H. Wayne Storey Awarded NEH Grant
The National Endowment for the Humanities announced on July 21 that Professor H. Wayne Storey has received a grant of $275,000 over three years for “The Petrarchive Project: An Online Edition of 366 Poems by Petrarch.” The project is a collaboration with John A. Walsh, associate professor of library and information science in the School of Informatics and Computing.
Originally funded in 2013 with an IU New Frontiers grant, the NEH project focuses on the preparation for publication of a digital, “rich text” edition of Petrarch’s Rerum vulgarium fragmenta, also known as the Canzoniere, that incorporates the complex visual poetics and book design that were integral to the poet’s techniques and the meaning of his poems. The edition will include an apparatus of variants, manuscript facsimiles, commentary and supporting material in English and Italian. While known as the poet credited with developing forms such as the sonnet and the sestina, Petrarch was also a scholar whose long years of study and annotation of classical works gave him unique views on the preparation and material construction of books. The Petrarchive Project will bring a fuller picture of Petrarch’s work to scholars worldwide.
Students celebrate commencement at FRIT reception
Associate Professor Massimo Scalabrini (Director of Undergraduate Studies in Italian), Brandon-Lee Dayton, Athena Weber, and Margaret Uland at the commencement reception
On May 9, students, their families, and faculty members of the Department of French and Italian and the Department of Spanish and Portuguese gathered for our annual joint reception for graduating seniors in the State Room East of the Indiana Memorial Union. 24 French majors and 10 Italian majors either graduated from IU-Bloomington this May, or will graduate at the end of the summer. Among those in attendance was Hayleigh Elmore, who finished her BA in three years and has been hired by Teach for America to teach French next year in her home town of Dallas. Adriana Giuliani has just completed both a BA in Italian and a BS in microbiology, and she recalled fondly her year in Bologna, where she not only participated in the IU study abroad program but also completed an internship at the Hospital Bellaria. She is off to medical school at Ohio State in the fall, but plans to keep up her Italian skills by working on translations of poems and prose writing left by her late nonna (grandmother).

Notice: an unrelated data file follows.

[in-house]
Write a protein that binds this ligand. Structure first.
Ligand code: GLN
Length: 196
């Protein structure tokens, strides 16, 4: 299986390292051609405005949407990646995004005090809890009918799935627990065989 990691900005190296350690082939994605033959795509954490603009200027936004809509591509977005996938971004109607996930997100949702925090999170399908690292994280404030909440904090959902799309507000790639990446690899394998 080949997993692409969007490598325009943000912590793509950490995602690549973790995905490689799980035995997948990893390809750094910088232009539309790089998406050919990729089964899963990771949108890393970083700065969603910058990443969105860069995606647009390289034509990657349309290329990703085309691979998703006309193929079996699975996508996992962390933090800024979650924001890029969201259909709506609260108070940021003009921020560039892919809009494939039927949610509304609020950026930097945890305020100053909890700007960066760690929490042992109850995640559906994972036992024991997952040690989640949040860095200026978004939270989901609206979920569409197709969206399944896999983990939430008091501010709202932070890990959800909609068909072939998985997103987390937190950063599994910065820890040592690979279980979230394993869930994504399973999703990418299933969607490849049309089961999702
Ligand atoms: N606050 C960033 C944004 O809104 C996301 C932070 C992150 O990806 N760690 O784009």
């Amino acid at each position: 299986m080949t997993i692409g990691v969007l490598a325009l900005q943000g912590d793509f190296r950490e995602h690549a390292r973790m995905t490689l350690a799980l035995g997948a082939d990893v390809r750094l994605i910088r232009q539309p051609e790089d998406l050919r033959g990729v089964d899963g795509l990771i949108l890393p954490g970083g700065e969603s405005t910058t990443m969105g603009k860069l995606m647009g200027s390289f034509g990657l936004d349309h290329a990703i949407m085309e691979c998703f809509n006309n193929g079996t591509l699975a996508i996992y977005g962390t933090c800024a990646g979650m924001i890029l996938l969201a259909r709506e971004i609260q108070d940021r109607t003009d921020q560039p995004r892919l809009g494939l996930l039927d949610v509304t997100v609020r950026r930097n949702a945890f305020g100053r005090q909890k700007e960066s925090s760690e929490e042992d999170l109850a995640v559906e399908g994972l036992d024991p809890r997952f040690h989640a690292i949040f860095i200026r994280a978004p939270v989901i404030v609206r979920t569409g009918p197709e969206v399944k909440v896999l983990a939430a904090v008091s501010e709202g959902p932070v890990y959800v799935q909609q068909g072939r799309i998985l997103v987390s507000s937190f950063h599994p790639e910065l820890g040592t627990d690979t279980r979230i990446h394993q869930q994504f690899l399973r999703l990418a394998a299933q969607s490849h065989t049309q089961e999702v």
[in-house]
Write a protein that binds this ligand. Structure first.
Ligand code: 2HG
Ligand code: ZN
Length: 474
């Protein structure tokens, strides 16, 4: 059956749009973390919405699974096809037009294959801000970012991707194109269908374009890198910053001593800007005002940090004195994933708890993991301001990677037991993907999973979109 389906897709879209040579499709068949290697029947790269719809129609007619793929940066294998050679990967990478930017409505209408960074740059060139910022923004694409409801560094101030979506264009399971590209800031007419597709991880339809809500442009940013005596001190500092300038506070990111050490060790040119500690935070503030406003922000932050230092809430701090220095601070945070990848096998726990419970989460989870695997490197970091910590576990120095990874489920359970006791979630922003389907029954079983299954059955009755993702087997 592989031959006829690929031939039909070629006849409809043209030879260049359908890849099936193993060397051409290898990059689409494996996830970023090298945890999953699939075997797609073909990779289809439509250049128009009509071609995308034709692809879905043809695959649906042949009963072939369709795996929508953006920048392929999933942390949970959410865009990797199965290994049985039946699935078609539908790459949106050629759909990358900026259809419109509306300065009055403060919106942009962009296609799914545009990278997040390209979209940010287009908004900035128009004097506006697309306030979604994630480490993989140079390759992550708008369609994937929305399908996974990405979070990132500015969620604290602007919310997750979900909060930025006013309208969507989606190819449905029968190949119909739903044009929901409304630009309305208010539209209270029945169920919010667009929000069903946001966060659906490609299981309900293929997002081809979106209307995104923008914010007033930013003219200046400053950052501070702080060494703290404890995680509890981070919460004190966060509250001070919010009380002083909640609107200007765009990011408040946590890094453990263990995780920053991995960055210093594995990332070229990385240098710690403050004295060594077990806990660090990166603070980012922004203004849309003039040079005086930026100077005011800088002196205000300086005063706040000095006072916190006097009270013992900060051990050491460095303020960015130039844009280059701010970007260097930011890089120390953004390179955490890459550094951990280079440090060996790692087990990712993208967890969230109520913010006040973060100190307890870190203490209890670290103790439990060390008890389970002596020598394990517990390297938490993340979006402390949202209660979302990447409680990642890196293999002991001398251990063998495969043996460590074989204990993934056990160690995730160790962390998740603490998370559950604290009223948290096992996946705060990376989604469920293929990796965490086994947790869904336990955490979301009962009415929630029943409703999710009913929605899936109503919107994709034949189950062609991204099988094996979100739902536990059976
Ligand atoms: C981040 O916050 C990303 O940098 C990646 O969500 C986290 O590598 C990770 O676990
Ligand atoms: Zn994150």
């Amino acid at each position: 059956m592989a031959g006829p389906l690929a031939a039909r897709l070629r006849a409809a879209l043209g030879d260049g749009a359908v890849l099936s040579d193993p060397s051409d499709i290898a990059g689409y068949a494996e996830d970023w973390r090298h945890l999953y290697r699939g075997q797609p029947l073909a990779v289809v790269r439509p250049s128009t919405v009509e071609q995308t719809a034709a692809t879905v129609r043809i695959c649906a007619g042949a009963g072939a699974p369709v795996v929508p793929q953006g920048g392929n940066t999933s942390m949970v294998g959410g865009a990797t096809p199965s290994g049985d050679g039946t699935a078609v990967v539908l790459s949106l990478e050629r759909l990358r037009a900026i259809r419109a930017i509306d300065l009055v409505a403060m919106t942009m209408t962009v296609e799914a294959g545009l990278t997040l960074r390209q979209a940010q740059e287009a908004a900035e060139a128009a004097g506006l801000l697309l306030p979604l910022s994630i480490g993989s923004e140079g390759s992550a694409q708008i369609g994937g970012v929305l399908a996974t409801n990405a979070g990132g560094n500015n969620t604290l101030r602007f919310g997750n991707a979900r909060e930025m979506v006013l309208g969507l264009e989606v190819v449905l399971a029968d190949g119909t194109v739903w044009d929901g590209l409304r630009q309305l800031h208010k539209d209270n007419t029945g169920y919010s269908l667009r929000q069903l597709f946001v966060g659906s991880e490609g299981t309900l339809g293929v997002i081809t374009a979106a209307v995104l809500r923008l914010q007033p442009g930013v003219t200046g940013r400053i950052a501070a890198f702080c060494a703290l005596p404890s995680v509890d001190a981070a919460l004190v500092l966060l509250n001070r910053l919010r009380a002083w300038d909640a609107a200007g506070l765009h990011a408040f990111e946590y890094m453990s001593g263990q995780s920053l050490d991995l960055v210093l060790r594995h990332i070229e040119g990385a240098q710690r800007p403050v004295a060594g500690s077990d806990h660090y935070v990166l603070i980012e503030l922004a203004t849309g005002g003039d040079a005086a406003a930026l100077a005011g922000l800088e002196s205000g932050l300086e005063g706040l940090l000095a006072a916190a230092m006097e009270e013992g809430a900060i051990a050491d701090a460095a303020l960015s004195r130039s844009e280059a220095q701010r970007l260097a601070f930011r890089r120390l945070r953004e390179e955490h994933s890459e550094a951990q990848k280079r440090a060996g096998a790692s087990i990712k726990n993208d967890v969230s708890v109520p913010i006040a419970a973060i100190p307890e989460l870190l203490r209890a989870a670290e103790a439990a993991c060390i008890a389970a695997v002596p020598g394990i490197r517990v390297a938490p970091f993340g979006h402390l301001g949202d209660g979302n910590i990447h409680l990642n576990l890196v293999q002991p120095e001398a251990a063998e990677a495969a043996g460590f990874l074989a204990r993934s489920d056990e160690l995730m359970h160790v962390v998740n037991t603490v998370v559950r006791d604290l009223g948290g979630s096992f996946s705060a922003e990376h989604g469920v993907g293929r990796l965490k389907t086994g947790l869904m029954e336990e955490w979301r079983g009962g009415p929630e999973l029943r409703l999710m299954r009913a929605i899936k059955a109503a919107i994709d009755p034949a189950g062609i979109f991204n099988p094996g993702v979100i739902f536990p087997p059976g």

Several graduates plan to return to Europe to teach next year. Hayley Connizzo (BA in French and International Studies) and Brandon-Lee Dayton (BA in French, Italian, and Linguistics) will both participate in the TAPIF program, through which Americans serve as English teaching assistants in French middle schools and high schools. Meanwhile, Margaret Uland (BA Italian and Psychology) will be teaching English in Italy next year, at a high school in Busto Arsizio in Lombardy.
We wish all of our graduates the best of luck as they embark on new adventures post-IU!
PhD Candidate Participates in Monkey-Themed Conference in France
Kate Bastin outside the gate of the Château de Chantilly
Kathryn Bastin, a PhD candidate in French Literature in the Department of French & Italian, participated in the international conference “Singes et Singeries à la Renaissance” organized by the 16th-Century Workshop of the Université de Paris-Sorbonne on March 15, 2014. Bastin, who is currently finishing her year as a College of Arts and Sciences dissertation fellow, was among a select few scholars, mainly from Europe, to participate in this “Journée d’Études,” which took place at the Château de Chantilly north of Paris, known for its two monkey-themed rooms, the grand singerie (1737) and petite singerie (1735). In French, singe means both monkey and ape, and singerie can mean both monkey business and monkey room. Bastin’s PhD dissertation title is “Humanity in Play: Man Meets Monkey in Ancien Régime France,” so the conference was right up her alley.
At the conference, Bastin delivered a paper entitled “Les pièges de l’imitation: Ésope à Versailles,” that focused on the Labyrinth at Versailles, which was in existence approximately 1675 to 1775 and included 39 fountains with animals from Aesop’s fables, among them six monkeys. She explains that in French cultural history “we see a treatment of the monkey and ape as a figure that holds a mirror for the human in the Renaissance and the early modern period: the monkey allows man to behold himself.”
Bastin was particularly excited to visit the Château de Chantilly’s famous singeries, painted by Christophe Huet, as she will analyze them as part of her dissertation. Although the focus of the conference was on an earlier time period than her own research, Bastin noted the importance of “considering precursors to what I am studying, and how these anterior notions of the monkey and ape shaped the Old Régime treatment of the simian.” In today’s world of scientific understanding regarding our evolutionary precursors, the Renaissance attitude toward simians is indeed a fascinating topic.